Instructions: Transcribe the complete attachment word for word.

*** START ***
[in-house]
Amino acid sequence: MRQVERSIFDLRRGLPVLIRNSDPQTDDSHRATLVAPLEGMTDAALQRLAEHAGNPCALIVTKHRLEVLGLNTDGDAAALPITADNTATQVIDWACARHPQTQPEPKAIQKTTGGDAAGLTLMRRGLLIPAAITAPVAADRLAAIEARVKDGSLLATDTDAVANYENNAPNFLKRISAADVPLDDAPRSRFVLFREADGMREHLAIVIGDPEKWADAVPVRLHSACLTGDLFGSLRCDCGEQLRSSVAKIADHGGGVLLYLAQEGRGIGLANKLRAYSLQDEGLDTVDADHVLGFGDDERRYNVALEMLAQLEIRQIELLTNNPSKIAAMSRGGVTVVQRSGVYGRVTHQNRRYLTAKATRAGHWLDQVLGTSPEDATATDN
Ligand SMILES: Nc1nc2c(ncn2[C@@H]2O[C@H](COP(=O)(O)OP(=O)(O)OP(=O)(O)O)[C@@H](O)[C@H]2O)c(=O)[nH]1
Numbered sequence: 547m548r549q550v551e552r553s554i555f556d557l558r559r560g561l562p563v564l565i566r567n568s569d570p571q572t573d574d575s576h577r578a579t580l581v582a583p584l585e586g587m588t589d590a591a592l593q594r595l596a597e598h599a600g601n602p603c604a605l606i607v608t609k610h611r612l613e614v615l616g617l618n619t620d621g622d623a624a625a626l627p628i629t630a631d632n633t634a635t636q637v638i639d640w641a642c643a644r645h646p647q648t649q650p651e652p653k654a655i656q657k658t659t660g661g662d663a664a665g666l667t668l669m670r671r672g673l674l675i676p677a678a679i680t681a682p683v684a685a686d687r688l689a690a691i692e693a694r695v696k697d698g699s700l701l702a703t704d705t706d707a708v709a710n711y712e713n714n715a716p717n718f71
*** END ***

[in-house]
Amino acid sequence: MRQVERSIFDLRRGLPVLIRNSDPQTDDSHRATLVAPLEGMTDAALQRLAEHAGNPCALIVTKHRLEVLGLNTDGDAAALPITADNTATQVIDWACARHPQTQPEPKAIQKTTGGDAAGLTLMRRGLLIPAAITAPVAADRLAAIEARVKDGSLLATDTDAVANYENNAPNFLKRISAADVPLDDAPRSRFVLFREADGMREHLAIVIGDPEKWADAVPVRLHSACLTGDLFGSLRCDCGEQLRSSVAKIADHGGGVLLYLAQEGRGIGLANKLRAYSLQDEGLDTVDADHVLGFGDDERRYNVALEMLAQLEIRQIELLTNNPSKIAAMSRGGVTVVQRSGVYGRVTHQNRRYLTAKATRAGHWLDQVLGTSPEDATATDN
Ligand SMILES: Nc1nc2c(ncn2[C@@H]2O[C@H](COP(=O)(O)OP(=O)(O)OP(=O)(O)O)[C@@H](O)[C@H]2O)c(=O)[nH]1
Numbered sequence: 547m548r549q550v551e552r553s554i555f556d557l558r559r560g561l562p563v564l565i566r567n568s569d570p571q572t573d574d575s576h577r578a579t580l581v582a583p584l585e586g587m588t589d590a591a592l593q594r595l596a597e598h599a600g601n602p603c604a605l606i607v608t609k610h611r612l613e614v615l616g617l618n619t620d621g622d623a624a625a626l627p628i629t630a631d632n633t634a635t636q637v638i639d640w641a642c643a644r645h646p647q648t649q650p651e652p653k654a655i656q657k658t659t660g661g662d663a664a665g666l667t668l669m670r671r672g673l674l675i676p677a678a679i680t681a682p683v684a685a686d687r688l689a690a691i692e693a694r695v696k697d698g699s700l701l702a703t704d705t706d707a708v709a710n711y712e713n714n715a716p717n718f71